LCMS Black Ministry History

In July 1877, the Lutheran Synodical Conference assembled at Fort Wayne, Ind., was challenged by its president to begin a program of Gospel outreach to Blacks and American Indians in the United States.

The first Black missionary, J.F. Doeshcher, was commissioned the following October. He established the first Black Lutheran Congregation: St. Paul’s Colored Lutheran Church in Little Rock, Ark.

Black missionaries moved throughout the South — forming congregations in Mississippi, Louisiana, Alabama, Florida, Georgia and Tennessee. Particularly in Alabama, the work flourished in terms of total souls gained, of total professional church workers recruited and of total souls reclaimed after the migrations to the North and West.

By the early 1920’s, there were enough mission stations in Alabama, Louisiana and Mississippi to organize a training school.

So, on Nov. 13, 1922, the Concordia Academy and College was founded in Selma, Ala., by Rev. R. Ortho Lynn. The school was started to train future teachers for mission schools.

Today, Concordia College, Selma, is a four-year college that prepares students with undergraduate education for a variety of careers.

Rural Alabama missions reached their height during the 1930s. However, the industrial revolution and changes in agricultural technology resulted in the decline of the densely populated rural areas of the South. Also, following World War II, Blacks began leaving the South — and the Lutheran Church — in large numbers.

It was not until the centennial of Black Lutheranism in 1977 that definite change was made. The loss of Black membership in The Lutheran Church—Missouri Synod was noticed and a concerted effort was made to restore the Black membership to its past numbers.

The Commission on Black Ministry was conceived and began work at the 1977 synodical convention in Dallas. The commission had a mandate “to plan, develop and administer programs; coordinate resources and mechanisms for expanding and promoting Black Ministry so that the roles of Blacks in fulfillment of the Great Commission would be more visible and vocally impacted within The Lutheran Church—Missouri Synod.”

 

History of the Black Ministry Family Convocation

The Black Ministry Convocation began meeting bi-annually in 1978 in Selma, Ala. Convocations have since been held in many major metropolitan venues in the United States.

In 1986, the Black Ministry Convocation began meeting annually, and, in 1993, youth began to be incorporated in significant numbers and the Convocation began taking its current form as “Black Ministry Family Convocation, a family event.”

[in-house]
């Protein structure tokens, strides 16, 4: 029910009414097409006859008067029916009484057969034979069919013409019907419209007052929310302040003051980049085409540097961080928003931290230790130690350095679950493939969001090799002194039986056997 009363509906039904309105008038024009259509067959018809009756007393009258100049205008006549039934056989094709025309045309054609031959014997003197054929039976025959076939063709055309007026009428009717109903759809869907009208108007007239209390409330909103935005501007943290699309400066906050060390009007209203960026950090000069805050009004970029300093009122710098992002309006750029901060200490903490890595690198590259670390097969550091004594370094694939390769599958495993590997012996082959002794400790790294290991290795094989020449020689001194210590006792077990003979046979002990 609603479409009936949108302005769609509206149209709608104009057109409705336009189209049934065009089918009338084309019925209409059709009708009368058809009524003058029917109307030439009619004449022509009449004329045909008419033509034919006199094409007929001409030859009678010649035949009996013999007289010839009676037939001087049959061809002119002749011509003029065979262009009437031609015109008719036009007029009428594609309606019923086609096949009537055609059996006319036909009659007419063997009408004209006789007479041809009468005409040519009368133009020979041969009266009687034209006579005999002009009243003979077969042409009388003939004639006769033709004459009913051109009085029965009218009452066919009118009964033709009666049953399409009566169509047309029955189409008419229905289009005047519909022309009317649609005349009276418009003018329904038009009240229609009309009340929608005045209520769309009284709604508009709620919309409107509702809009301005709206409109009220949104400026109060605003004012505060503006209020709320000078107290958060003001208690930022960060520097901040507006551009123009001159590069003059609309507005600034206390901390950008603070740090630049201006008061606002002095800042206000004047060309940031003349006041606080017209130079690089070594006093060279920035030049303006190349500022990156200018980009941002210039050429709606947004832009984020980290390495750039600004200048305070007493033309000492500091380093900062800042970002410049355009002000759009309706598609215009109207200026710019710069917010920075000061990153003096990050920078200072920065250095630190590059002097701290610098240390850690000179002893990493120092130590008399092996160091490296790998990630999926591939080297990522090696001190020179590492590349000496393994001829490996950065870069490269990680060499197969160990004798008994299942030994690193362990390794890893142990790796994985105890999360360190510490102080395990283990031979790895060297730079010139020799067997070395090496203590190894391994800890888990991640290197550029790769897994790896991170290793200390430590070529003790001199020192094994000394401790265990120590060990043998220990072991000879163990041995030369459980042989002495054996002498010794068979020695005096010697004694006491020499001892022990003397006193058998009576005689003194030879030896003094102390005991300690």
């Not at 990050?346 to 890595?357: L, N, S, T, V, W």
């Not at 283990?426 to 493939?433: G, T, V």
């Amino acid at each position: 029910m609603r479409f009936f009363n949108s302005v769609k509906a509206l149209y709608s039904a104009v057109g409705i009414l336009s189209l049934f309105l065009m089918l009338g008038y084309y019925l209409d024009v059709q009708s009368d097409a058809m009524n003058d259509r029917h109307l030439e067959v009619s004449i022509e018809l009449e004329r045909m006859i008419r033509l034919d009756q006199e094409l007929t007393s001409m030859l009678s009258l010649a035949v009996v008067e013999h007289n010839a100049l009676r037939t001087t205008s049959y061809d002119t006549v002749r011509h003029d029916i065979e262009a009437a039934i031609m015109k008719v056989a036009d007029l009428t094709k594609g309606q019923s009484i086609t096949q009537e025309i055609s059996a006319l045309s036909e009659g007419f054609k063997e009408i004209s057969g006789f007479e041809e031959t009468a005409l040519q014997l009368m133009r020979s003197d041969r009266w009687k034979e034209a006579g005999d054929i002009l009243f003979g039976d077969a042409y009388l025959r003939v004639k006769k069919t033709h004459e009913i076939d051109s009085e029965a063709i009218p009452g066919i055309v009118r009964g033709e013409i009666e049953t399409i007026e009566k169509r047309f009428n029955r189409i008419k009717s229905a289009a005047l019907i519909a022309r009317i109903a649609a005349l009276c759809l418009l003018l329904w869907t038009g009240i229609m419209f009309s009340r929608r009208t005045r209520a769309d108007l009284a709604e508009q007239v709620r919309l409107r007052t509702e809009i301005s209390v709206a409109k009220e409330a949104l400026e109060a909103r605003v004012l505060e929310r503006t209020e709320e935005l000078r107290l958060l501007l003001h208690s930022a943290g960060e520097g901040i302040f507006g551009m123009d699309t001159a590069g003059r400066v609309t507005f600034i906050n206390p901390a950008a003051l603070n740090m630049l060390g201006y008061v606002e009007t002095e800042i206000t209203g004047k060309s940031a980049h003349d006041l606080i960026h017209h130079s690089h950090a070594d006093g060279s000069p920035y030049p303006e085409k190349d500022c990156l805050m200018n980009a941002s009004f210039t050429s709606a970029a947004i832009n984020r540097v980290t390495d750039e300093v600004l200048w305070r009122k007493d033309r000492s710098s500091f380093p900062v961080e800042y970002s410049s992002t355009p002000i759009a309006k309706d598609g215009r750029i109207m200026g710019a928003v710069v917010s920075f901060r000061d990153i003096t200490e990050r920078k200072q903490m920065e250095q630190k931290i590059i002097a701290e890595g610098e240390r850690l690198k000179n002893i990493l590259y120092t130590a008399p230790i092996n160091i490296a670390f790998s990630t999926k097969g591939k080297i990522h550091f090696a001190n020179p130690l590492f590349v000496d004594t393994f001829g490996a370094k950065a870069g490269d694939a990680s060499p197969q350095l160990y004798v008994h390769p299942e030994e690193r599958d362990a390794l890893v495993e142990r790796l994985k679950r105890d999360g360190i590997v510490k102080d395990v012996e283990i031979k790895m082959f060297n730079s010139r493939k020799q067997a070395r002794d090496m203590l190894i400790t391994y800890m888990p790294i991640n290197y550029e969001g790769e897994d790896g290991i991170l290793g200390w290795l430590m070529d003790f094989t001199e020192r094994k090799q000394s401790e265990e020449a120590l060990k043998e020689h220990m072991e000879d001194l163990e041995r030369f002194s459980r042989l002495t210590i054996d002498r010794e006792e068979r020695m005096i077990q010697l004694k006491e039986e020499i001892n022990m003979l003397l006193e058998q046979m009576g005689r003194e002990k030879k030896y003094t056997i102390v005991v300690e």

The Black Ministry Family Convocation is the forum in The Lutheran Church—Missouri Synod for these functions:

  • Developing policies that will assist congregations in reaching out more effectively with the Gospel of Jesus Christ among African Americans.
  • Evaluating the effectiveness and administration of plans and programs designed to coordinate and expand Black Ministry in the Synod.
  • Representing the concerns of Black Ministry before the boards, commissions, committees and judicatories of the Synod.
  • Meeting for fellowship, sharing concerns in Black Ministry.
  • Making decisions which direct the path of Black Ministry in The Lutheran Church—Missouri Synod.

 

LCMS Black Ministry Timeline

1930-1963 — This was a time of integrating Black Ministry as an integral part of the LCMS.

1967 — This was a time of unrest among blacks in the United States. Riots and burnings were very prevalent all over the nation. The Black Clergy Caucus emerged to address problems in Black Ministry.

1975 — The Anaheim Convention had only a one-line report on Black Ministry, but at the Review Committee level it inserted the resolution which created the Black Mission Models Task Force.

1976 — Black Ministry convened in the New Orleans Convocation as a forum for Black people to speak for themselves.

1977 — The Dallas convention authorized the creation of the Commission on Black Ministry.

1978 — The Selma Convocation hosted the first Black youth gathering and adopted resolutions that set the direction for the Commission. Dr. Richard Dickinson was called as executive director of the Commission on Black Ministry.

1980 — The Chicago Convocation reaffirmed the Selma resolutions and resolved to become self-supporting.

1982 — The Bronxville Convocation addressed the Task Force II recommendation to discontinue the Commission after the 1986 Convention. The response was “LEAVE THE COMMISSION ALONE.”

1983 — The Black District idea emerged due to problems on LCMS college campuses. This idea was seen as people having greater impact and power over their own destiny.

1984 — The St. Louis Family Convocation was credited with saving the Commission. The convocation recommended that the President of the Synod convene a summit conference consisting of Synod and District leaders in Black Ministry.

1986 —The Indianapolis Convocation reaffirmed the ’84 resolution to “LEAVE THE COMMISSION ALONE.”

1988 — The Memphis Family Convocation emerged with fellowship as the dominant theme. It also resolved to move to annual convocations.

1989 — The Wichita Convocation demonstrated how the convocations could be flexible to meet the need of Black Ministry. It had been rumored that another effort would be made at the synodical convention in Wichita to either discontinue the Black Ministry Commission or to place it under the Board for Mission Services. The convocation decided to meet in Wichita so that if the issue came on the floor of the convention, they could react and respond immediately.

1990 — The Charlotte Convocation re-established our connection with Africa and invited Dr. Nelson Unwene to be the keynote speaker for the 1991 Convocation in Selma, Ala. This is also the convocation when Dr. Dickinson passed the reins to Dr. Bryant Clancy as executive director.

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